A couple of weeks back we reported how the West End productions of Stephen Ward and From Here To Eternity – the new shows from Lord Andrew Lloyd Webber and Sir Tim Rice respectively – will close early, at the end of March, due to poor ticket sales.
The failure of Stephen Ward and From Here to Eternity to set the West End alight is in marked contrast to Lloyd Webber and Rice’s combined efforts in the seventies, which spawned the hugely successful Joseph and the Amazing Technicolour Dreamcoat, Jesus Christ Superstar and Evita.
Have the two musical masters lost their Midas touch? Not necessarily. The Light Princess – aka Tori Amos’s much hyped first theatrical foray – closed early at the National Theatre last month without managing to secure a much coveted West End transfer. And Top Hat – a 2013 Olivier Award winner – is no longer in London.
Rather the closure of the aforementioned reveals the difficulty involved in launching a historically themed or serious production, in an era where the West End is dominated by jukebox musicals (Mamma Mia!, The Jersey Boys, The Bodyguard et al).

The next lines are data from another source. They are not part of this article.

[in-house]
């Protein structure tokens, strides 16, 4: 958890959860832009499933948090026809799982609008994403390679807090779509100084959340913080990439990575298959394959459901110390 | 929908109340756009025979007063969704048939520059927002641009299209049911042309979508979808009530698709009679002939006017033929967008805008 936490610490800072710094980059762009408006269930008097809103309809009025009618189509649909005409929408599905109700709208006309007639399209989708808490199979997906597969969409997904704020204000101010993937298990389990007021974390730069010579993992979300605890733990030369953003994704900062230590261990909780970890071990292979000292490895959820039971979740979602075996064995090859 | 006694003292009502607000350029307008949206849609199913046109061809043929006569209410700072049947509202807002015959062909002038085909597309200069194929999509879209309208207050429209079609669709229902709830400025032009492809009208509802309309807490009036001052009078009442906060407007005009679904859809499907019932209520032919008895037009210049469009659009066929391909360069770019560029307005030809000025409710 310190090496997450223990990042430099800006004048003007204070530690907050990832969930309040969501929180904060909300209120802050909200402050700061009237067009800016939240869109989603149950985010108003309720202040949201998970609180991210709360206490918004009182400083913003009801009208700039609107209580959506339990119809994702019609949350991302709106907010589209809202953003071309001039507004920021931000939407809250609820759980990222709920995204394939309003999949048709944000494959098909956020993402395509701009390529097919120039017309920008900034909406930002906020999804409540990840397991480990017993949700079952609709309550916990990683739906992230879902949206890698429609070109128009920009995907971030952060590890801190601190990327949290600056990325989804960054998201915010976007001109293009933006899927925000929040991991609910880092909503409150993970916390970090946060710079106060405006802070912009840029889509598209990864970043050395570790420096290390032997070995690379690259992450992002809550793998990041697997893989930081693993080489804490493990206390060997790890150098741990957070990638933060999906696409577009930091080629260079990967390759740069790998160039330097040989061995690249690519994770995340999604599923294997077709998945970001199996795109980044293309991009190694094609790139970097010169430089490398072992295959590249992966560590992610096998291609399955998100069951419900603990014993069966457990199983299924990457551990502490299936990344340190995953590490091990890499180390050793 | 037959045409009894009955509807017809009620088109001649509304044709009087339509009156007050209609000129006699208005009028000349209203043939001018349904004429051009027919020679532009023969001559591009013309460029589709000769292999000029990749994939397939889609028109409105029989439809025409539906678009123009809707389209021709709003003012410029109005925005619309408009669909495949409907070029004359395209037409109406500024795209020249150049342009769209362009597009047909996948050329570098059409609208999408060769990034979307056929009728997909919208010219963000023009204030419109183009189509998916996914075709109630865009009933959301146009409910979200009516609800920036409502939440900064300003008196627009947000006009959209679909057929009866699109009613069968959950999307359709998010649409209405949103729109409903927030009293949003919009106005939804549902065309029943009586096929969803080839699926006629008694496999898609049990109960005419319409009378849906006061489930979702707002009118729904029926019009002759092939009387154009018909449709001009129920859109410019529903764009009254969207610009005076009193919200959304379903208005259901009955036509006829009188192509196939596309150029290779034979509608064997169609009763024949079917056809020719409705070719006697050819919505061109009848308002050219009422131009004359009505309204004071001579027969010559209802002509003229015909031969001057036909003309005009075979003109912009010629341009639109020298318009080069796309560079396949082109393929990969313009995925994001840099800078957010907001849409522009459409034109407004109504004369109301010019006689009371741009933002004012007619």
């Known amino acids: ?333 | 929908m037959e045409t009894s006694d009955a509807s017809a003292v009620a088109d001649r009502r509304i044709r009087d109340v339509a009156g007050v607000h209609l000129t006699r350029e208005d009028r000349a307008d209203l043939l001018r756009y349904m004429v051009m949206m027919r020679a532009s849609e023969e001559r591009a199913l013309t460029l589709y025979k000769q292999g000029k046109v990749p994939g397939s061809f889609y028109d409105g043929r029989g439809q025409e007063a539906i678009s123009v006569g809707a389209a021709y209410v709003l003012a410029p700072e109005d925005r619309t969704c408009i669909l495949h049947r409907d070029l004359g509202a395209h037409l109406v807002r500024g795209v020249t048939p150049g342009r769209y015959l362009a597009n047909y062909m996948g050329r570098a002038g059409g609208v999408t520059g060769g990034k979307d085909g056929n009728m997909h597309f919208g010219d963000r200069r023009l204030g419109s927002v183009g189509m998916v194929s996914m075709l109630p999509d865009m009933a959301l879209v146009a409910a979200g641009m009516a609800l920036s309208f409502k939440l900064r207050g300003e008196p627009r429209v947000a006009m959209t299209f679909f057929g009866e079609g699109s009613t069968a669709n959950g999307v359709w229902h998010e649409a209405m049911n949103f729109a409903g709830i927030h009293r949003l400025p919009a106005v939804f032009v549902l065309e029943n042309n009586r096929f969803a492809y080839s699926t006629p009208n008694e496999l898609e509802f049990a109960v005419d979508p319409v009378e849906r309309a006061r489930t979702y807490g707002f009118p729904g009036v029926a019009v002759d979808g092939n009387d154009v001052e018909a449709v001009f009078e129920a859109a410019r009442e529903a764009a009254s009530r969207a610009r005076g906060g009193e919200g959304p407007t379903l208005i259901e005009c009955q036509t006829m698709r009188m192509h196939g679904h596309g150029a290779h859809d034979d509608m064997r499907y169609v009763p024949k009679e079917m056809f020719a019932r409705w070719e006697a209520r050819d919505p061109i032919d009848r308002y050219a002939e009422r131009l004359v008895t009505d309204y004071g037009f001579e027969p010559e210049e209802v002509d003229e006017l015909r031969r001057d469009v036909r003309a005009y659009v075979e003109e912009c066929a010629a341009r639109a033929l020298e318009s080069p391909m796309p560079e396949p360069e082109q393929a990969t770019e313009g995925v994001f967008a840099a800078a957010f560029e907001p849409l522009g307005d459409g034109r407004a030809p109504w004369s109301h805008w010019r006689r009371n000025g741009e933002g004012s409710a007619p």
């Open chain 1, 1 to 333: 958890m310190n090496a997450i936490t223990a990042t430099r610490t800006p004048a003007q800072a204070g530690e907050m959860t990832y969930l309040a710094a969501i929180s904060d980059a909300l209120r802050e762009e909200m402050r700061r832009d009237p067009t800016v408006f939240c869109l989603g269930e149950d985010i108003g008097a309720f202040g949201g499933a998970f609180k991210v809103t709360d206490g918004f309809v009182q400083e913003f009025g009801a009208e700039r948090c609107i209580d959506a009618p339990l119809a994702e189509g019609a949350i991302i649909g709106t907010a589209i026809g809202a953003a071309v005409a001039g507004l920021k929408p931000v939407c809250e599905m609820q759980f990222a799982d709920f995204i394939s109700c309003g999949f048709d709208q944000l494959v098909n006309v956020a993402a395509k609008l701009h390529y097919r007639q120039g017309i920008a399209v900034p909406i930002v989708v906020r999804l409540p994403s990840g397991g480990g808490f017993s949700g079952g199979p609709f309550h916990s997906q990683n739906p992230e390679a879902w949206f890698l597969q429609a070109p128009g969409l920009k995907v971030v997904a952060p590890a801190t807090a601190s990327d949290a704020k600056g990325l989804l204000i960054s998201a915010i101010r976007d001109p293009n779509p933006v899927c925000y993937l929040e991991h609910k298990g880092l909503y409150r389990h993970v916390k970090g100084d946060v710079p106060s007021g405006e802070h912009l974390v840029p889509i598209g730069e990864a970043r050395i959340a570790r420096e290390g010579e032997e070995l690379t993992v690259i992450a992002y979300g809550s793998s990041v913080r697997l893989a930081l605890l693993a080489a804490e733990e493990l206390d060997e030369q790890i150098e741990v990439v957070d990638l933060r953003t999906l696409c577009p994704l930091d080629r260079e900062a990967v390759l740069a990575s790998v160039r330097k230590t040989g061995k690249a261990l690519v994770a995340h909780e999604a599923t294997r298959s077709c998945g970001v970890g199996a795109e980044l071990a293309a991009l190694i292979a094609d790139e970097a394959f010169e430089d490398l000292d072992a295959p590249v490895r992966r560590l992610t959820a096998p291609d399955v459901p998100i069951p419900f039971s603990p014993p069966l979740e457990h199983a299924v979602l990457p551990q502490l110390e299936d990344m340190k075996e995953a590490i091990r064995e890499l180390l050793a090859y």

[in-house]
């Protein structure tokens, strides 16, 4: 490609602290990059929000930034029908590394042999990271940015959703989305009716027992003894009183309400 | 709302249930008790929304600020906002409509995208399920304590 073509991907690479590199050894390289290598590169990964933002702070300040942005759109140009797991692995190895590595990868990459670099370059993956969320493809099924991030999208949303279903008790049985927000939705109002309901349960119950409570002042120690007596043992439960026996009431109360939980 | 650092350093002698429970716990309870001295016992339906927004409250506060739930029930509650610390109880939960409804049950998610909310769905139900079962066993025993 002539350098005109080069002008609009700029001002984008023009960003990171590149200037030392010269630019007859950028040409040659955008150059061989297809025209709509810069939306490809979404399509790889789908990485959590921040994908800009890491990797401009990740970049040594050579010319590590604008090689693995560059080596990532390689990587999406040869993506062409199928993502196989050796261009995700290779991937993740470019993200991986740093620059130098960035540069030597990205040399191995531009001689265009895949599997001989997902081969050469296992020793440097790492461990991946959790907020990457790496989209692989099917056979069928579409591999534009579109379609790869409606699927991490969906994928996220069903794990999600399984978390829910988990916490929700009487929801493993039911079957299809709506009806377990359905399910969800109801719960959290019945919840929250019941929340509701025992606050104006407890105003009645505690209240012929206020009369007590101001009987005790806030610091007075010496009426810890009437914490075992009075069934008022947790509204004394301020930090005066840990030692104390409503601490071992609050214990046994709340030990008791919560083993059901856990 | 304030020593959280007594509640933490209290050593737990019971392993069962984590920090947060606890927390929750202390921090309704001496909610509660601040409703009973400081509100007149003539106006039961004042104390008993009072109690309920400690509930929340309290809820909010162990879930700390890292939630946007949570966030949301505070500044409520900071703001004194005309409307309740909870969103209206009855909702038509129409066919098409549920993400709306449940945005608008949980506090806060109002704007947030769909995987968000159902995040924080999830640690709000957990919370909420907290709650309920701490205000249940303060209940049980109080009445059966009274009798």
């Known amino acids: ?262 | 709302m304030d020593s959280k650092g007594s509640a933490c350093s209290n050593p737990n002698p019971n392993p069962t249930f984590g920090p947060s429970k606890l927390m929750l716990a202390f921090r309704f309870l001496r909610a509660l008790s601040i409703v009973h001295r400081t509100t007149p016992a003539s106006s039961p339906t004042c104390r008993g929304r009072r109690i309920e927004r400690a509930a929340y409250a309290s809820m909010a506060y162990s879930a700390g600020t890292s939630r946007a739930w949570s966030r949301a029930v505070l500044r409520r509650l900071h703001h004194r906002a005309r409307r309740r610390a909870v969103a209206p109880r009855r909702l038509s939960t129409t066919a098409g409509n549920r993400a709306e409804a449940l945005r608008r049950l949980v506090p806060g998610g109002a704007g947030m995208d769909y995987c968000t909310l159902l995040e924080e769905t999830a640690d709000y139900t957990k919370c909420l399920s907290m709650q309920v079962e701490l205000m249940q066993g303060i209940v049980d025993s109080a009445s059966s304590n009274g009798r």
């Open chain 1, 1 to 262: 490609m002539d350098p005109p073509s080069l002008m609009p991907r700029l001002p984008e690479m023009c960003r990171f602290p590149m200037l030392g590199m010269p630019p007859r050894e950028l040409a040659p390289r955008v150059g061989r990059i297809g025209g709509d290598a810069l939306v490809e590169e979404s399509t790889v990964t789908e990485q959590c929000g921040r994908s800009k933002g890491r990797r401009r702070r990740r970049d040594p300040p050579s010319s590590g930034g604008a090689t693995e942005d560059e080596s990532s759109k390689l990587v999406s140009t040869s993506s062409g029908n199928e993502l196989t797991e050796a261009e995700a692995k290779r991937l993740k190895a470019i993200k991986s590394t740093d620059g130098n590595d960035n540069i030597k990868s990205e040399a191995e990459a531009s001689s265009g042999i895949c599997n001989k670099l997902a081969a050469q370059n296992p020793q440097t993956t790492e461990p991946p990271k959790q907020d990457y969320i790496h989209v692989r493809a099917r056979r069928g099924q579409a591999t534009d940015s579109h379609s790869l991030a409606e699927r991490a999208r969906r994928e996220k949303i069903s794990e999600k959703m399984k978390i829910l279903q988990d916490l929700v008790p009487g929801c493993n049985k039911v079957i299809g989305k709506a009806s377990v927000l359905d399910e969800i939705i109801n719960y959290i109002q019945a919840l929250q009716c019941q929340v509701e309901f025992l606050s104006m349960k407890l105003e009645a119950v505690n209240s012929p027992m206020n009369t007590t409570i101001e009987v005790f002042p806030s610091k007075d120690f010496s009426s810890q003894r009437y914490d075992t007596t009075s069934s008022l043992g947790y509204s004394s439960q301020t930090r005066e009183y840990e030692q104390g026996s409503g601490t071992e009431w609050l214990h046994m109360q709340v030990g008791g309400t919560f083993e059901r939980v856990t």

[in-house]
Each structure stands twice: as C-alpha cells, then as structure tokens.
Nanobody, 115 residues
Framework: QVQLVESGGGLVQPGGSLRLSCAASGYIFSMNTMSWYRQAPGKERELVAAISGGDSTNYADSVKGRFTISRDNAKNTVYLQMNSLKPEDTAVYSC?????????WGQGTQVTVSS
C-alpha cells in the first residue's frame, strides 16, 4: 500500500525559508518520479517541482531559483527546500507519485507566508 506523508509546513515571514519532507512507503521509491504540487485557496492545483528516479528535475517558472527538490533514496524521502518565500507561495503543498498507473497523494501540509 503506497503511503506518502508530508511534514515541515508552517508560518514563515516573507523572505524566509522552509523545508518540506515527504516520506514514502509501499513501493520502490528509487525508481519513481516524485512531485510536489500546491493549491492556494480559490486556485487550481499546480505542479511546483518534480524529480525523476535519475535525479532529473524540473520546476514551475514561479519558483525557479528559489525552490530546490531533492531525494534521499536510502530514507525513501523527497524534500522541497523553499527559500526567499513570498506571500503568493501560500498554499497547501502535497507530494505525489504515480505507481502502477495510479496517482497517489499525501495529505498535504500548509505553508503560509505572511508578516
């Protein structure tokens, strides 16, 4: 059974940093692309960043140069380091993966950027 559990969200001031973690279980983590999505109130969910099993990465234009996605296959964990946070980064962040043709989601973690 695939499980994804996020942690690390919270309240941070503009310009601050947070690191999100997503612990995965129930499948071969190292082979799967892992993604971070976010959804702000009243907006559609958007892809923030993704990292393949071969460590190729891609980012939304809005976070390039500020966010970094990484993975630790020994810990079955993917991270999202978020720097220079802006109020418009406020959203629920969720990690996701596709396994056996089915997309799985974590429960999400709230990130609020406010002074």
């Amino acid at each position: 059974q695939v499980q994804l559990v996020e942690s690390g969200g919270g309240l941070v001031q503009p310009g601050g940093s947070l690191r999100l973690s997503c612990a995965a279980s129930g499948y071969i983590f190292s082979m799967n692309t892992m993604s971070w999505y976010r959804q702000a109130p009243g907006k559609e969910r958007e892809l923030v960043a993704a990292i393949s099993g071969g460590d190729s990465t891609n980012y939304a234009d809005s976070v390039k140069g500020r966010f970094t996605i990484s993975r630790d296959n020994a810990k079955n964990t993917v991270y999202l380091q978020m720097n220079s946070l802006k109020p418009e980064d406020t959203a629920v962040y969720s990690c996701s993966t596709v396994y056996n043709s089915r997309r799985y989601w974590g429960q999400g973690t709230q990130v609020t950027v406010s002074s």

But even jukebox musicals (the trend of a band’s songs being immortalised in a show) can fail – witness the Viva Forever fiasco, Let It Be, Daddy Cool and Never Forget (a musical that most Take That fans are only to happy to forget).
For a show to succeed in the capital, it needs to have the ‘cool’ factor. How else to account for the phenomenal success of American import, The Book of Mormon, from the team behind the edgy South Park? Or the indie, Irish hit Once and the controversially titled, Urinetown?
Whether imminent arrivals Memphis, Made in Dagenham and I Can’t Sing – a parody of the X Factor – will have, erm, the X Factor remains to be seen.
As for Andrew Lloyd Webber? It looks like Stephen Ward may well have been his last musical. Stephen Ward’s failure follows in the footsteps of recent Lloyd Webber flops such as Love Never Dies and The Beautiful Game (his collaboration with Ben Elton which lasted 11 months).
“The costs of doing musicals have risen absolutely hugely,” the theatre impresario said back in December 2013. “I don’t think I’ve got enough money to do very many more.”